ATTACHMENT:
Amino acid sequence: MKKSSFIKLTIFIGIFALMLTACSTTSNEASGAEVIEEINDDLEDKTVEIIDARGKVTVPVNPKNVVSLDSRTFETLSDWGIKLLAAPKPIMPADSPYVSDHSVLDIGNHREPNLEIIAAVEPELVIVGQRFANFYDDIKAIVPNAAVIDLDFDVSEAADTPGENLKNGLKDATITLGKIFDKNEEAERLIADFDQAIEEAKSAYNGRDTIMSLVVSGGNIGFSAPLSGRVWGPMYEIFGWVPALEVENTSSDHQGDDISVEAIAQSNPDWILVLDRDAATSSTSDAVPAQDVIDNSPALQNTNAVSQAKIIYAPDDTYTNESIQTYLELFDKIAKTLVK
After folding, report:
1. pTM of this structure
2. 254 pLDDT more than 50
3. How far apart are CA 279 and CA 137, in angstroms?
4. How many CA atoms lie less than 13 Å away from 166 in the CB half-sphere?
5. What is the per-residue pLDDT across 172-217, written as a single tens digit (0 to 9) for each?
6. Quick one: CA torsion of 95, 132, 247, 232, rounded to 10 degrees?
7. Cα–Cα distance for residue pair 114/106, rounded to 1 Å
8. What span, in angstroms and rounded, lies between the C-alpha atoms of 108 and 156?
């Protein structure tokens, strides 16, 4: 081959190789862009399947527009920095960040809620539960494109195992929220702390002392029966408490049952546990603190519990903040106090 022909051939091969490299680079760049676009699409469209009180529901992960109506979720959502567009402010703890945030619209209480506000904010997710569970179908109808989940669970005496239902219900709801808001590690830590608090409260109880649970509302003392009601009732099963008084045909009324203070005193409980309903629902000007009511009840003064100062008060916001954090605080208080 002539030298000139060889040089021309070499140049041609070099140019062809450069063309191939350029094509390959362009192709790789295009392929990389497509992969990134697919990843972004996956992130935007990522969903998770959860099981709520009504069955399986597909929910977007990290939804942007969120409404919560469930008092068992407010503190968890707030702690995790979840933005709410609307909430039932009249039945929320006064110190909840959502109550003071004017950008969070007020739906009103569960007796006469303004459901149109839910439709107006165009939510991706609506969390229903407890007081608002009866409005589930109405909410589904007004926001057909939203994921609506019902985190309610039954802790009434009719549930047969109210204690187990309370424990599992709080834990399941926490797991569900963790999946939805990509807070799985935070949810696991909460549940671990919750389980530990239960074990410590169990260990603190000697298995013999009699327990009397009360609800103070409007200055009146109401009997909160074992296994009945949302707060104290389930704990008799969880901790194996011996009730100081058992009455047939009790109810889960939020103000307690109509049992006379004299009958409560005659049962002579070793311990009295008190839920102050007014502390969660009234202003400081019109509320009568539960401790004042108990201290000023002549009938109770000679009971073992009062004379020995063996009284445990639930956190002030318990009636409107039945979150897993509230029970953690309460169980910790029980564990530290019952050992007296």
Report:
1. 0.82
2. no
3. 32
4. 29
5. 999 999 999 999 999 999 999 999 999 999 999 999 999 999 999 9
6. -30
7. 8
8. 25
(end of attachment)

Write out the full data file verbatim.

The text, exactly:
Amino acid sequence: MKKSSFIKLTIFIGIFALMLTACSTTSNEASGAEVIEEINDDLEDKTVEIIDARGKVTVPVNPKNVVSLDSRTFETLSDWGIKLLAAPKPIMPADSPYVSDHSVLDIGNHREPNLEIIAAVEPELVIVGQRFANFYDDIKAIVPNAAVIDLDFDVSEAADTPGENLKNGLKDATITLGKIFDKNEEAERLIADFDQAIEEAKSAYNGRDTIMSLVVSGGNIGFSAPLSGRVWGPMYEIFGWVPALEVENTSSDHQGDDISVEAIAQSNPDWILVLDRDAATSSTSDAVPAQDVIDNSPALQNTNAVSQAKIIYAPDDTYTNESIQTYLELFDKIAKTLVK
After folding, report:
1. pTM of this structure
2. 254 pLDDT more than 50
3. How far apart are CA 279 and CA 137, in angstroms?
4. How many CA atoms lie less than 13 Å away from 166 in the CB half-sphere?
5. What is the per-residue pLDDT across 172-217, written as a single tens digit (0 to 9) for each?
6. Quick one: CA torsion of 95, 132, 247, 232, rounded to 10 degrees?
7. Cα–Cα distance for residue pair 114/106, rounded to 1 Å
8. What span, in angstroms and rounded, lies between the C-alpha atoms of 108 and 156?
């Protein structure tokens, strides 16, 4: 081959190789862009399947527009920095960040809620539960494109195992929220702390002392029966408490049952546990603190519990903040106090 022909051939091969490299680079760049676009699409469209009180529901992960109506979720959502567009402010703890945030619209209480506000904010997710569970179908109808989940669970005496239902219900709801808001590690830590608090409260109880649970509302003392009601009732099963008084045909009324203070005193409980309903629902000007009511009840003064100062008060916001954090605080208080 002539030298000139060889040089021309070499140049041609070099140019062809450069063309191939350029094509390959362009192709790789295009392929990389497509992969990134697919990843972004996956992130935007990522969903998770959860099981709520009504069955399986597909929910977007990290939804942007969120409404919560469930008092068992407010503190968890707030702690995790979840933005709410609307909430039932009249039945929320006064110190909840959502109550003071004017950008969070007020739906009103569960007796006469303004459901149109839910439709107006165009939510991706609506969390229903407890007081608002009866409005589930109405909410589904007004926001057909939203994921609506019902985190309610039954802790009434009719549930047969109210204690187990309370424990599992709080834990399941926490797991569900963790999946939805990509807070799985935070949810696991909460549940671990919750389980530990239960074990410590169990260990603190000697298995013999009699327990009397009360609800103070409007200055009146109401009997909160074992296994009945949302707060104290389930704990008799969880901790194996011996009730100081058992009455047939009790109810889960939020103000307690109509049992006379004299009958409560005659049962002579070793311990009295008190839920102050007014502390969660009234202003400081019109509320009568539960401790004042108990201290000023002549009938109770000679009971073992009062004379020995063996009284445990639930956190002030318990009636409107039945979150897993509230029970953690309460169980910790029980564990530290019952050992007296």
Report:
1. 0.82
2. no
3. 32
4. 29
5. 999 999 999 999 999 999 999 999 999 999 999 999 999 999 999 9
6. -30
7. 8
8. 25